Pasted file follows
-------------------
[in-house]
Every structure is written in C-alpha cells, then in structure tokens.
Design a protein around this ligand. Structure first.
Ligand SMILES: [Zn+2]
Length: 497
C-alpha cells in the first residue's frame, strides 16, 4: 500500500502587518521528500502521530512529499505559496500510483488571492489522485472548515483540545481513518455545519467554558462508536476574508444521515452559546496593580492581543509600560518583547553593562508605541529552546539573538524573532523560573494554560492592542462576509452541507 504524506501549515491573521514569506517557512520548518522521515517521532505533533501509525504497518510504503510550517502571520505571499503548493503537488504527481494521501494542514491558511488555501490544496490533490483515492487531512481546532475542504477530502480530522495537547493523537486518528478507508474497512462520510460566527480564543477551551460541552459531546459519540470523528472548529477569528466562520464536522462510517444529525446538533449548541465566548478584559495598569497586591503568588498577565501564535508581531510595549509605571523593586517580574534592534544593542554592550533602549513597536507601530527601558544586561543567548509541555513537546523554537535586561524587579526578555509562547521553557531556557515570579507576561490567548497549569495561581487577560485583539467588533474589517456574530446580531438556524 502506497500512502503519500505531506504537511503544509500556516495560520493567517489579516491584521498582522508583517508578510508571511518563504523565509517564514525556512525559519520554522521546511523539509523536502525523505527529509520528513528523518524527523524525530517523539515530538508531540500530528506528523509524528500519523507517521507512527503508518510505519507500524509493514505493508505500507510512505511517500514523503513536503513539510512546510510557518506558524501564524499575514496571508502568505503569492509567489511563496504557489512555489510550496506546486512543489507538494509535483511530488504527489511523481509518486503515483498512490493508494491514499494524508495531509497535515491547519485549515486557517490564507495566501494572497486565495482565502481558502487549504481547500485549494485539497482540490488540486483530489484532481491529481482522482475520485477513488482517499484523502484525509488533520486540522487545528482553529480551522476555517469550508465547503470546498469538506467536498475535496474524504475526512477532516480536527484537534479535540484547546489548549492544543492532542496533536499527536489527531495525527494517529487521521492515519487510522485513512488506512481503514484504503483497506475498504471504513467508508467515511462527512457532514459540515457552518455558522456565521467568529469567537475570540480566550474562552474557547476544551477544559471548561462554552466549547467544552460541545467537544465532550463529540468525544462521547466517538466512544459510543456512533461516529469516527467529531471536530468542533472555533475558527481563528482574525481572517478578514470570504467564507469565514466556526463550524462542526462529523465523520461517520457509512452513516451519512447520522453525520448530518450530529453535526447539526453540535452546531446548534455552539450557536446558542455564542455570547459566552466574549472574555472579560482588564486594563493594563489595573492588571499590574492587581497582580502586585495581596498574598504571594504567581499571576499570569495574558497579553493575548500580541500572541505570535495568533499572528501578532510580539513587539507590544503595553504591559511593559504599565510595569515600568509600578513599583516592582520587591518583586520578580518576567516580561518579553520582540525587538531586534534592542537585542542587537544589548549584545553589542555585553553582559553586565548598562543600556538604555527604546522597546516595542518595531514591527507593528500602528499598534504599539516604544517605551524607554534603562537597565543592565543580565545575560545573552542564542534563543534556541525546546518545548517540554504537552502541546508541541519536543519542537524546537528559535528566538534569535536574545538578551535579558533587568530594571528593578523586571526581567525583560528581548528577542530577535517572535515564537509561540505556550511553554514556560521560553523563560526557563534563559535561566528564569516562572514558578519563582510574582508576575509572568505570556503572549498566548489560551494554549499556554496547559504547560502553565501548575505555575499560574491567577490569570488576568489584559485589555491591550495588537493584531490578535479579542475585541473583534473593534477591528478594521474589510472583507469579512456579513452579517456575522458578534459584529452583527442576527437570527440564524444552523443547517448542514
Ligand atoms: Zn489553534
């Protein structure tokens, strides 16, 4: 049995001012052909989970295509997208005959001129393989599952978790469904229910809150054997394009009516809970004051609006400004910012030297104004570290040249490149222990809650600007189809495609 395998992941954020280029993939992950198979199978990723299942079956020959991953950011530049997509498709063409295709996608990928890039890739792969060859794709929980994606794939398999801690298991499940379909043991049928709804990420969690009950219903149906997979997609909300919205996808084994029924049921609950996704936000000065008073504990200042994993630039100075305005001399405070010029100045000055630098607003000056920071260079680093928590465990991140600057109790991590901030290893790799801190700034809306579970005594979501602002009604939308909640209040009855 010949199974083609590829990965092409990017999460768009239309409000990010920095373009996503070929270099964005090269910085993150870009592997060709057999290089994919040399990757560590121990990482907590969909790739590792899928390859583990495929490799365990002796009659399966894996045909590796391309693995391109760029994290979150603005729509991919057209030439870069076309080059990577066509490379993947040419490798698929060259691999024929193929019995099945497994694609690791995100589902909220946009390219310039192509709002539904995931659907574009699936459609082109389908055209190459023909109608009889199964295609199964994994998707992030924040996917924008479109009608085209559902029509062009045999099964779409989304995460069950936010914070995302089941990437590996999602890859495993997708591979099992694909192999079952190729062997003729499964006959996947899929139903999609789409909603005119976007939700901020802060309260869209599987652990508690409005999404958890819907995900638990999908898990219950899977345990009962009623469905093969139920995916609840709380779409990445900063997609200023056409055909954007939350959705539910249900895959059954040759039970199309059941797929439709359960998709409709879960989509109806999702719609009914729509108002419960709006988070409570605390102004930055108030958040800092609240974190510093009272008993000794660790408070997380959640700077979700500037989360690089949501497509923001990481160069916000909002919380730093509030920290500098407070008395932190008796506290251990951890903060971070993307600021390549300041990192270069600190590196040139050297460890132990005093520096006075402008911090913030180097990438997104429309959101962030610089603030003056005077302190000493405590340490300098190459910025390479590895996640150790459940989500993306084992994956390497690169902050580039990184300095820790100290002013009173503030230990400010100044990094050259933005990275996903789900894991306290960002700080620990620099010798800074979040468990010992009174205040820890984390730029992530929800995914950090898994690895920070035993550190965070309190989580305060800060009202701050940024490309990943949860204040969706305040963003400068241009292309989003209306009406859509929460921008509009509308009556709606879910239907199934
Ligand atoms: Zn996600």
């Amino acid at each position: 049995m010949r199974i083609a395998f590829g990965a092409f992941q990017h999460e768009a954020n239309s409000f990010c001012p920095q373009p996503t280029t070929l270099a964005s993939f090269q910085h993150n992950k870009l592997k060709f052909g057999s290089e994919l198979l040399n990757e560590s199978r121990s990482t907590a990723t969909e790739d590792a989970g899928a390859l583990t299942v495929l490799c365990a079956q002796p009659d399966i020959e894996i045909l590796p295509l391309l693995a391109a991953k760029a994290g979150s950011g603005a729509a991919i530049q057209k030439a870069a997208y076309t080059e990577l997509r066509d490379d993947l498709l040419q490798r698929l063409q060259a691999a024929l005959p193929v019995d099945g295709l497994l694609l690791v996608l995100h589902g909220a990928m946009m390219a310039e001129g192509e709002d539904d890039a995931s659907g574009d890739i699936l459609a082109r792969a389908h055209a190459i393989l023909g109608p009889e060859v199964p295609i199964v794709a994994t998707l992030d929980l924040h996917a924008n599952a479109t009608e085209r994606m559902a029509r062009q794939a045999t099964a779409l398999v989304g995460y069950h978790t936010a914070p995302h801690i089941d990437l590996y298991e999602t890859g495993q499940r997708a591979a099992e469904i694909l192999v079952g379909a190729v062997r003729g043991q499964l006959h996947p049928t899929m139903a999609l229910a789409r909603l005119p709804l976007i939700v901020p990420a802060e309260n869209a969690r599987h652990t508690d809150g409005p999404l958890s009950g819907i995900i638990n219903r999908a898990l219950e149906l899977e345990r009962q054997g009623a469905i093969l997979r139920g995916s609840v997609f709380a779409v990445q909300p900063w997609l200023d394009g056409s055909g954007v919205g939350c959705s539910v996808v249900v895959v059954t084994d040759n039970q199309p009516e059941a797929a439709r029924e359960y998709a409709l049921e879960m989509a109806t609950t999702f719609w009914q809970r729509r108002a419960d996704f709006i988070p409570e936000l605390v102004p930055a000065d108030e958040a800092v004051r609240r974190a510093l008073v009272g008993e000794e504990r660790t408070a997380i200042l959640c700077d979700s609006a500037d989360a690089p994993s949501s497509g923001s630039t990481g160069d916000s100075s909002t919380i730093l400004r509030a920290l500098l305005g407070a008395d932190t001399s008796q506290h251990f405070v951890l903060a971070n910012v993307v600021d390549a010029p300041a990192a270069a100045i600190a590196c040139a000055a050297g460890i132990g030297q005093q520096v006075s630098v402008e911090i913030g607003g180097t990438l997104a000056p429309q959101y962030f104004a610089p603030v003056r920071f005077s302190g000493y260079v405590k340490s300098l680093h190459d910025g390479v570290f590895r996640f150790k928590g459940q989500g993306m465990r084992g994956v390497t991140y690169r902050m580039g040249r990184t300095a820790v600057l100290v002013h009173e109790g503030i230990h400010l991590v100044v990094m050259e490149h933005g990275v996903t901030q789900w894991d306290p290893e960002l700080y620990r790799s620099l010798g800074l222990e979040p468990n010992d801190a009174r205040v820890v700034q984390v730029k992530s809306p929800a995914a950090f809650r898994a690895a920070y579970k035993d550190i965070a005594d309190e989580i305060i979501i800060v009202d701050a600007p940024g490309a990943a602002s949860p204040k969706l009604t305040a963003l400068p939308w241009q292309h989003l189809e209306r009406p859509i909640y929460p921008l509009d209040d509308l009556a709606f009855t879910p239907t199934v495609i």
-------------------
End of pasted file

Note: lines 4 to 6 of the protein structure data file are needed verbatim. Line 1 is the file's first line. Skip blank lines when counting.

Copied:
Ligand SMILES: [Zn+2]
Length: 497
C-alpha cells in the first residue's frame, strides 16, 4: 500500500502587518521528500502521530512529499505559496500510483488571492489522485472548515483540545481513518455545519467554558462508536476574508444521515452559546496593580492581543509600560518583547553593562508605541529552546539573538524573532523560573494554560492592542462576509452541507 504524506501549515491573521514569506517557512520548518522521515517521532505533533501509525504497518510504503510550517502571520505571499503548493503537488504527481494521501494542514491558511488555501490544496490533490483515492487531512481546532475542504477530502480530522495537547493523537486518528478507508474497512462520510460566527480564543477551551460541552459531546459519540470523528472548529477569528466562520464536522462510517444529525446538533449548541465566548478584559495598569497586591503568588498577565501564535508581531510595549509605571523593586517580574534592534544593542554592550533602549513597536507601530527601558544586561543567548509541555513537546523554537535586561524587579526578555509562547521553557531556557515570579507576561490567548497549569495561581487577560485583539467588533474589517456574530446580531438556524 502506497500512502503519500505531506504537511503544509500556516495560520493567517489579516491584521498582522508583517508578510508571511518563504523565509517564514525556512525559519520554522521546511523539509523536502525523505527529509520528513528523518524527523524525530517523539515530538508531540500530528506528523509524528500519523507517521507512527503508518510505519507500524509493514505493508505500507510512505511517500514523503513536503513539510512546510510557518506558524501564524499575514496571508502568505503569492509567489511563496504557489512555489510550496506546486512543489507538494509535483511530488504527489511523481509518486503515483498512490493508494491514499494524508495531509497535515491547519485549515486557517490564507495566501494572497486565495482565502481558502487549504481547500485549494485539497482540490488540486483530489484532481491529481482522482475520485477513488482517499484523502484525509488533520486540522487545528482553529480551522476555517469550508465547503470546498469538506467536498475535496474524504475526512477532516480536527484537534479535540484547546489548549492544543492532542496533536499527536489527531495525527494517529487521521492515519487510522485513512488506512481503514484504503483497506475498504471504513467508508467515511462527512457532514459540515457552518455558522456565521467568529469567537475570540480566550474562552474557547476544551477544559471548561462554552466549547467544552460541545467537544465532550463529540468525544462521547466517538466512544459510543456512533461516529469516527467529531471536530468542533472555533475558527481563528482574525481572517478578514470570504467564507469565514466556526463550524462542526462529523465523520461517520457509512452513516451519512447520522453525520448530518450530529453535526447539526453540535452546531446548534455552539450557536446558542455564542455570547459566552466574549472574555472579560482588564486594563493594563489595573492588571499590574492587581497582580502586585495581596498574598504571594504567581499571576499570569495574558497579553493575548500580541500572541505570535495568533499572528501578532510580539513587539507590544503595553504591559511593559504599565510595569515600568509600578513599583516592582520587591518583586520578580518576567516580561518579553520582540525587538531586534534592542537585542542587537544589548549584545553589542555585553553582559553586565548598562543600556538604555527604546522597546516595542518595531514591527507593528500602528499598534504599539516604544517605551524607554534603562537597565543592565543580565545575560545573552542564542534563543534556541525546546518545548517540554504537552502541546508541541519536543519542537524546537528559535528566538534569535536574545538578551535579558533587568530594571528593578523586571526581567525583560528581548528577542530577535517572535515564537509561540505556550511553554514556560521560553523563560526557563534563559535561566528564569516562572514558578519563582510574582508576575509572568505570556503572549498566548489560551494554549499556554496547559504547560502553565501548575505555575499560574491567577490569570488576568489584559485589555491591550495588537493584531490578535479579542475585541473583534473593534477591528478594521474589510472583507469579512456579513452579517456575522458578534459584529452583527442576527437570527440564524444552523443547517448542514